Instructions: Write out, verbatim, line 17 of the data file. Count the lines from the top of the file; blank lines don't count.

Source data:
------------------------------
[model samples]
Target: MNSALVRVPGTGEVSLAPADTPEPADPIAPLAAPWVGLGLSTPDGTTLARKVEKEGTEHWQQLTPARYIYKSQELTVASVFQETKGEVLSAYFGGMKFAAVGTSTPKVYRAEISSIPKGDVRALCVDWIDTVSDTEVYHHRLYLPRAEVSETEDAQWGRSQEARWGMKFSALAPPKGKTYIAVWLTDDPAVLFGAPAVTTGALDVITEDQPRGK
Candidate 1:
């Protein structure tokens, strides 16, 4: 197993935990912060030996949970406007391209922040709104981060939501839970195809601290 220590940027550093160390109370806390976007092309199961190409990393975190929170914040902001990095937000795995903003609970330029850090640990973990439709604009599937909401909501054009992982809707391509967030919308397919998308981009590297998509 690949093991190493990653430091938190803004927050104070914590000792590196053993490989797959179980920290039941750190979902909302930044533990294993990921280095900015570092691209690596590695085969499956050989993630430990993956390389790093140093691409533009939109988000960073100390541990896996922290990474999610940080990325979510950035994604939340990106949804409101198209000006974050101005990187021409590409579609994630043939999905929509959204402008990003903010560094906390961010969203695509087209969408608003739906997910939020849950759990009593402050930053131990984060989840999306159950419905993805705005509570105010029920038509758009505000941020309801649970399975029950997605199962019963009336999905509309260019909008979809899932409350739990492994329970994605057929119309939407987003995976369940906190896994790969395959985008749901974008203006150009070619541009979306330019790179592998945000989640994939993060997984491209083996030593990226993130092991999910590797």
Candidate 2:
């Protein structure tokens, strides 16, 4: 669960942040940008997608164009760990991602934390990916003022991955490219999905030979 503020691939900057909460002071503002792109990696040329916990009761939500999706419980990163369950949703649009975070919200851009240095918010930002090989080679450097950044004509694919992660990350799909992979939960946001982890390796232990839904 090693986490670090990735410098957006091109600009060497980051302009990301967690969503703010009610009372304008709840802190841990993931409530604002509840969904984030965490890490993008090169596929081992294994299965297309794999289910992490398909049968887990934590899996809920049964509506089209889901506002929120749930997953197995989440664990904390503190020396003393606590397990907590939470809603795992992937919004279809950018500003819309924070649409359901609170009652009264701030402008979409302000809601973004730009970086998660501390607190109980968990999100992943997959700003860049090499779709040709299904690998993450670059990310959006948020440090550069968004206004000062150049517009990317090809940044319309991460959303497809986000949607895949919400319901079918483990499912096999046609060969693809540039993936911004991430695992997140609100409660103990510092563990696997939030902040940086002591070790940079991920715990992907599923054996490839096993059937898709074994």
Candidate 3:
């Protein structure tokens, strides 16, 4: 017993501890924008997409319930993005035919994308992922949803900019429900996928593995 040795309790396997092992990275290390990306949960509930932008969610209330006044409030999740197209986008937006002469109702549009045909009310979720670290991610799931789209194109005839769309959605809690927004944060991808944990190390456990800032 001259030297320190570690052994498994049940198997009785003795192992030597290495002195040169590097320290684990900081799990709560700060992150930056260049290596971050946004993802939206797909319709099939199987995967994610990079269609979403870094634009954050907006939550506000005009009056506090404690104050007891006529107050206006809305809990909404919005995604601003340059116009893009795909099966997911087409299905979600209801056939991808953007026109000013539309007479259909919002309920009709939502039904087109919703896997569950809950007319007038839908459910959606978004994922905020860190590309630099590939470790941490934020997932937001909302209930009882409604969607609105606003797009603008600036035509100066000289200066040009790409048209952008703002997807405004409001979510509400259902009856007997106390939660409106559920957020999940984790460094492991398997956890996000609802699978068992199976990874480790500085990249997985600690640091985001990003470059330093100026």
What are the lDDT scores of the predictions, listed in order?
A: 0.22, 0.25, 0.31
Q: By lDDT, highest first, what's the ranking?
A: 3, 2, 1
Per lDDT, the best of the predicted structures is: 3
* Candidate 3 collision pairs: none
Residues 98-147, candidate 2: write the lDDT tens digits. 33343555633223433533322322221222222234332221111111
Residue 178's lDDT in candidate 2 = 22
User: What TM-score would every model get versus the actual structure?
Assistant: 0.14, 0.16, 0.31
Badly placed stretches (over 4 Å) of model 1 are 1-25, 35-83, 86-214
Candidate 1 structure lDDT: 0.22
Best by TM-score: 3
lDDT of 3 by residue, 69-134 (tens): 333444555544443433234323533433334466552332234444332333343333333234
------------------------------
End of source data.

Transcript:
User: What TM-score would every model get versus the actual structure?